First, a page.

FujiwaraMuro Architects designed the three-bedroom family house in Osaka's Konohana ward, to allow for outdoor parking in front of the house.
The studio created a pair of curved concrete walls that define two areas for cars to park, while blocking them from view from inside the home.
The concrete arcs are staggered, with one directly in front of the house's main living space and the other enclosing three of the parking spaces at the front of the site.
In Osaka concrete walls are often used to assert boundaries between private and public land. The studio aimed to redesign the walls to create an appealing streetscape and balance views in and out of the single-storey house.
"We wanted to create a soft, attractive boundary line that segmented various zones," explained FujiwaraMuro Architects.
"Sometimes blocking lines of sight and sometimes inviting people in."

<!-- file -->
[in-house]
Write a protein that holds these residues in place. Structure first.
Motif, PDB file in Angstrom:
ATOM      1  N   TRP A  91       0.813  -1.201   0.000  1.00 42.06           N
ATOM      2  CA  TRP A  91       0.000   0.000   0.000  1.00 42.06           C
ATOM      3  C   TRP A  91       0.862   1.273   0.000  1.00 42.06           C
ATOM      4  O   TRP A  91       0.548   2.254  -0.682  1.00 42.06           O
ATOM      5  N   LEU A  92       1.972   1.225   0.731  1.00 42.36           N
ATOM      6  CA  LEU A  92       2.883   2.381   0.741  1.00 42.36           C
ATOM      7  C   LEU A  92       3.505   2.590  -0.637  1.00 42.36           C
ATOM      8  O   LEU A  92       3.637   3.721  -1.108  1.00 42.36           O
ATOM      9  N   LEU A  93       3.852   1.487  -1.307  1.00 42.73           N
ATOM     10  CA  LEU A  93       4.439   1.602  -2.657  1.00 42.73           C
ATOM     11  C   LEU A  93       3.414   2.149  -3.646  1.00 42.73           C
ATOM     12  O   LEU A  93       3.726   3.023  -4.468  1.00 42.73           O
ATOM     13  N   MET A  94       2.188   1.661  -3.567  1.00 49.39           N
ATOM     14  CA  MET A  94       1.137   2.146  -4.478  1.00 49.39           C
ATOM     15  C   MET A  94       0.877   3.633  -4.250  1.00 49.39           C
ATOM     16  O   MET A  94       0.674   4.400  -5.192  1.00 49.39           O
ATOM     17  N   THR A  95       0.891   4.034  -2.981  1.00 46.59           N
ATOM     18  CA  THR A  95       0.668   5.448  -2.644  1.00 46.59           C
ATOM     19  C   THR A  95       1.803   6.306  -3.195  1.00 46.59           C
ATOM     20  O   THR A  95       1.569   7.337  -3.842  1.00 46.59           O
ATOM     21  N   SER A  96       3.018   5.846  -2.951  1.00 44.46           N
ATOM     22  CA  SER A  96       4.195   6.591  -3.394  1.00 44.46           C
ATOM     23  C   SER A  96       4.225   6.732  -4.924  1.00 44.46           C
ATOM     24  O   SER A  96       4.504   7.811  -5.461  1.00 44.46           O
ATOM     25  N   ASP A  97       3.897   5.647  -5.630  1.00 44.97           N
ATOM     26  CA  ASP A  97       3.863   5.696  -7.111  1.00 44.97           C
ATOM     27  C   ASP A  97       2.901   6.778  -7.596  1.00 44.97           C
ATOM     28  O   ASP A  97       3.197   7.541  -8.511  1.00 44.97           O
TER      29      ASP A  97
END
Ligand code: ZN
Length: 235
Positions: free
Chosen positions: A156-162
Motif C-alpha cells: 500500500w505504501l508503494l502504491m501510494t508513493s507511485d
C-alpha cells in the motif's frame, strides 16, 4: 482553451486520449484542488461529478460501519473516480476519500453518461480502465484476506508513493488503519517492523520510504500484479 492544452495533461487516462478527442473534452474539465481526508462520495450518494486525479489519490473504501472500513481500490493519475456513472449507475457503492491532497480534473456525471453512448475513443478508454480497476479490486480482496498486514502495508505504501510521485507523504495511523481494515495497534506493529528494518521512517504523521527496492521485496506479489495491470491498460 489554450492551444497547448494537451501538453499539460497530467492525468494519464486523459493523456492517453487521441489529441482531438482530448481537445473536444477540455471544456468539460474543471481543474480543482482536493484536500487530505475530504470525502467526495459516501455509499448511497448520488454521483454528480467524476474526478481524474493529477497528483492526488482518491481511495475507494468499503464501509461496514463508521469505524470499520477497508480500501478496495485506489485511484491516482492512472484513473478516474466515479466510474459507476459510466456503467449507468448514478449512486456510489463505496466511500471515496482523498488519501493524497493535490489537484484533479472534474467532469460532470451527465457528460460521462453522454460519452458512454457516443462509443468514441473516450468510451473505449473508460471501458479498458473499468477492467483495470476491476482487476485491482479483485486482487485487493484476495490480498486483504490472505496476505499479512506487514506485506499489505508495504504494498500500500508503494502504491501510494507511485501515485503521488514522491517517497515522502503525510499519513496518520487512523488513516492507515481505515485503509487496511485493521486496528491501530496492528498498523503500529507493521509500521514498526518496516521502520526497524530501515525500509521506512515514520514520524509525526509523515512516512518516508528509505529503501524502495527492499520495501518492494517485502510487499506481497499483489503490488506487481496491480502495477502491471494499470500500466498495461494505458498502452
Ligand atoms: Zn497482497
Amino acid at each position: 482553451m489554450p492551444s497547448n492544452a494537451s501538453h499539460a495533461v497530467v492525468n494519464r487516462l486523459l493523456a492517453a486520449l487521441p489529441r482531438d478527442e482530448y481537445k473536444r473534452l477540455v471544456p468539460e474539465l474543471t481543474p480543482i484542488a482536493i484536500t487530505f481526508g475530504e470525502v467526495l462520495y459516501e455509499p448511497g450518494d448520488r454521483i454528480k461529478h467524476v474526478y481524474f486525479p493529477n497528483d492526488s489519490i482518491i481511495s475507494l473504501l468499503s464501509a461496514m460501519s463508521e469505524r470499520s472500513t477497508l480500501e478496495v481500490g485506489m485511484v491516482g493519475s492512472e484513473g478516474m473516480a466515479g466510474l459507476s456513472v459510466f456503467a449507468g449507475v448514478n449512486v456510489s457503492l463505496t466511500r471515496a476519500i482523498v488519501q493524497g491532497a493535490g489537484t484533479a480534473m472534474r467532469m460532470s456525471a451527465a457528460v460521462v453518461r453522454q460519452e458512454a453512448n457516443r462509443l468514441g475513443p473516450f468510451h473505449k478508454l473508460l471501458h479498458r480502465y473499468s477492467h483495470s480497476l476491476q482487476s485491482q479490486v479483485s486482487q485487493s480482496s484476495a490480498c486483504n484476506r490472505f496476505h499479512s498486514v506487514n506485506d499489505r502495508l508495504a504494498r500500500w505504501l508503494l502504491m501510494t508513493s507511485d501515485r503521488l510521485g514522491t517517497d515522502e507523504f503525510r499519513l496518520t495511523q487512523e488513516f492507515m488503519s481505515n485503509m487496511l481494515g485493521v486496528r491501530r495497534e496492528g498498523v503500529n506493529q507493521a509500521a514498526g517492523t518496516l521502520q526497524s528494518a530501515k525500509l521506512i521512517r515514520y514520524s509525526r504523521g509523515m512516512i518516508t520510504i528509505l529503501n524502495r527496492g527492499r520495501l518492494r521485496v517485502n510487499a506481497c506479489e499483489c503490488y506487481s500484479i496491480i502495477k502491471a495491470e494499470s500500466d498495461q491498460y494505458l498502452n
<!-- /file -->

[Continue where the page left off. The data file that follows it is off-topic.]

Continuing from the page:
The rounded lines formed by the offset walls were designed to guide the residents' movements in and out of the house, simultaneously allowing glimpses of the street from the entrance.
"The walls do not segregate public, private, outer, and inner zones, but instead exist as an integrated component of daily life."
At the front of the house a Japanese-style living, dining and kitchen room opens out on a courtyard enclosed by one of the curved concrete walls.
Within the courtyard, a ledge steps down to a raised timber platform, from which the family members and guests can sit on the ledge to relax.
Occupants standing on the elevated floor are able to peer above the concrete walls, which are otherwise too tall for those on street level to look over.
Behind the main living space are two bedrooms along with a bathroom.
Theses spaces are divided from the home's entrance lobby and main bedroom by the concrete arc, which extends into the house and contrasts with the exposed timber frame.
Japanese architects often design for the privacy of the inhabitants living in crowded cities. FujiwaraMuro Architects deliberately restricted views out in the windowless House in Toyonaka, which also features in our roundup of other bunker-like houses found all over the country.
Photography is by Toshiyuki Yano.
Architect: FujiwaraMuro Architects
Lead architects: Shintaro Fujiwara, Yoshio Muro